If you want to know more about COP21 and their plans, please look at part I and II of this blog post.
So with potential to reduce these greenhouse gas emissions to a safe and manageable level, it could be expected that global warming rates will begin to slow in the future and the overall damage to this planet can be mitigated.
So what happens to the ice if global rates of warming are reduced?
Well its safe to say that no one actually knows. One fact is for sure though, the carbon we have emitted through the burning of fossil fuels is already in our system and, safe to say, its difficult to remove it. The damaging gases which have already been emitted have cemented their position within the earth system and it will be thousands of years until the CO2 levels will eventually fall back to safe levels. Carbon is now stuck in our system forever unless we remove it.. So unfortunately for the ice, its fighting a losing battle. Realistically, we are still going to lose a large amount of our global ice cover in the next 100 years.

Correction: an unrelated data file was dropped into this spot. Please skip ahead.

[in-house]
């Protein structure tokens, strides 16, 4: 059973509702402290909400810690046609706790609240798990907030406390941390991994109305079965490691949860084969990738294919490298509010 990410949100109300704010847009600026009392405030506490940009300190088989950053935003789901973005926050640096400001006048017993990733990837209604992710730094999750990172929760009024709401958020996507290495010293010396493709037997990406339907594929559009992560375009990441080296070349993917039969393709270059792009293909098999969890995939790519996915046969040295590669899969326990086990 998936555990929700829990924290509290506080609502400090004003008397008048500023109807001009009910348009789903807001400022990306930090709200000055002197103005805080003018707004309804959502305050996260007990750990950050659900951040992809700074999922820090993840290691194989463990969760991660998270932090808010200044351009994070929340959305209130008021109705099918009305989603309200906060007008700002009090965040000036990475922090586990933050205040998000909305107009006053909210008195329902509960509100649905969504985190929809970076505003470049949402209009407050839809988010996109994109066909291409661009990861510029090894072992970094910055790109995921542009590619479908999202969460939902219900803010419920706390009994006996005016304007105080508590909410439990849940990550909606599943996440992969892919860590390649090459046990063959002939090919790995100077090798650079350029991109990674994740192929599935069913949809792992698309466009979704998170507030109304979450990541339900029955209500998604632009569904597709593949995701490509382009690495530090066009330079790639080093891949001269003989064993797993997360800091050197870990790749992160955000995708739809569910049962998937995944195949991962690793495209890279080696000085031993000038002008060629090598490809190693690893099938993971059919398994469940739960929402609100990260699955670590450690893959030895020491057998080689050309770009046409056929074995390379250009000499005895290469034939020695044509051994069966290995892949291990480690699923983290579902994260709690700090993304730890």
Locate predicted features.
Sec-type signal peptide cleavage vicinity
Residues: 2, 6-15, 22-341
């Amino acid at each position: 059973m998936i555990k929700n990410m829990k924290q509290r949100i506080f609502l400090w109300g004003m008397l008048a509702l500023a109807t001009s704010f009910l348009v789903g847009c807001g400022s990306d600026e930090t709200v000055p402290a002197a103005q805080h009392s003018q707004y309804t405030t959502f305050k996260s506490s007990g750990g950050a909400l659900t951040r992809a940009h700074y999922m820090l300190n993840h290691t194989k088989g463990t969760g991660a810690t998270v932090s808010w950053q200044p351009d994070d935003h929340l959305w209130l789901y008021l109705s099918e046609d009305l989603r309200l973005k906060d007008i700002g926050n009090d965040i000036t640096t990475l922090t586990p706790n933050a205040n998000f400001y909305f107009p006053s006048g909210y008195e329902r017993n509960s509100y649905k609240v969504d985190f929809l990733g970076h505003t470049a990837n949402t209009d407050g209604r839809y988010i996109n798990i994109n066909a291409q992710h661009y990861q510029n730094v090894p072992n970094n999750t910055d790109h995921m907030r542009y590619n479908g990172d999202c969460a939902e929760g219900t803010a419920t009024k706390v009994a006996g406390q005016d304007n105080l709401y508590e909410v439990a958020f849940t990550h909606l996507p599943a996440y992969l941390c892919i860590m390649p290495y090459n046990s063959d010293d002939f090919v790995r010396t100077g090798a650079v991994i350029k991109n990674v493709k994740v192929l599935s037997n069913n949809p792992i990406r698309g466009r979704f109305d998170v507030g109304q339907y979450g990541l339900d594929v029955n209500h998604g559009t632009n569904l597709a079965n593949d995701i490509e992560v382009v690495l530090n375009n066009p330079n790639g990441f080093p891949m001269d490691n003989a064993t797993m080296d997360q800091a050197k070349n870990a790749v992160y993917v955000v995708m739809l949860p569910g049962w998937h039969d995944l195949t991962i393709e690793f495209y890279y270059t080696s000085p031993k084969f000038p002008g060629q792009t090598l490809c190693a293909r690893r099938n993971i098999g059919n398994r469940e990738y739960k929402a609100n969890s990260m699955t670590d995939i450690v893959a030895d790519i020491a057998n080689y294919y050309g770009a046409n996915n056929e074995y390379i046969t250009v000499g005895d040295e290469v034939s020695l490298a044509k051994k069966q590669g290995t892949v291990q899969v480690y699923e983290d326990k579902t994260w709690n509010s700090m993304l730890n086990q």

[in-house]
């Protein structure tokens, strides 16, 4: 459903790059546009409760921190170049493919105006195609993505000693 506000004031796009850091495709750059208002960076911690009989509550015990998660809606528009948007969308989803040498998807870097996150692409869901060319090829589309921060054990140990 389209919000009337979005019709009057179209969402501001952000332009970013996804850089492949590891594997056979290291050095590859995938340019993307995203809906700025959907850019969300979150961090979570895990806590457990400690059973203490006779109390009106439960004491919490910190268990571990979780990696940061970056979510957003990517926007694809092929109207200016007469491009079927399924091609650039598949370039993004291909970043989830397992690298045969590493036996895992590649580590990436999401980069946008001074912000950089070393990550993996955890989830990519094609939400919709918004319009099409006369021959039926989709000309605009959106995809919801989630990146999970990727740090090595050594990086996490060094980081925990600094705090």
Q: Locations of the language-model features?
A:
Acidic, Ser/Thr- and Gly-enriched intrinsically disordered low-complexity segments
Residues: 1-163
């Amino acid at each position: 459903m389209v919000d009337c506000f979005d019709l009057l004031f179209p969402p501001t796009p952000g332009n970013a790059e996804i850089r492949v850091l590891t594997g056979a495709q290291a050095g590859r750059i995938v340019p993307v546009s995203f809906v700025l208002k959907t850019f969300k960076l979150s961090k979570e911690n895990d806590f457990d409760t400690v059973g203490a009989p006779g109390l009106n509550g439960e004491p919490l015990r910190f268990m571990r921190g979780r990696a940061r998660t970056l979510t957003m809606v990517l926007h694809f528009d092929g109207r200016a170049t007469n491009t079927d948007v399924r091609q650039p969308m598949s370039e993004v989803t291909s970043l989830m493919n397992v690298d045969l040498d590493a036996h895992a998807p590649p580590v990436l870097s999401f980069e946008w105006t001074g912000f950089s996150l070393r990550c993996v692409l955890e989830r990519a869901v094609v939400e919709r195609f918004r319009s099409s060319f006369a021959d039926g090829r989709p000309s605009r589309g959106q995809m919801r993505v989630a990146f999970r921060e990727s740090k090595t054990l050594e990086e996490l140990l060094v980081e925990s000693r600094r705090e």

An excellent simulation by National Geographic on what the world would look like if all the ice melts.
COP21 is only attempting to mitigate future negative impacts further greenhouse gas emissions will produce and yes, maybe in thousands of years time when we have finally reduced the amount of CO2 in our atmosphere, we may see sea and land ice formation again. However, who knows, we may have already destroyed our planet by then, have we left it too late?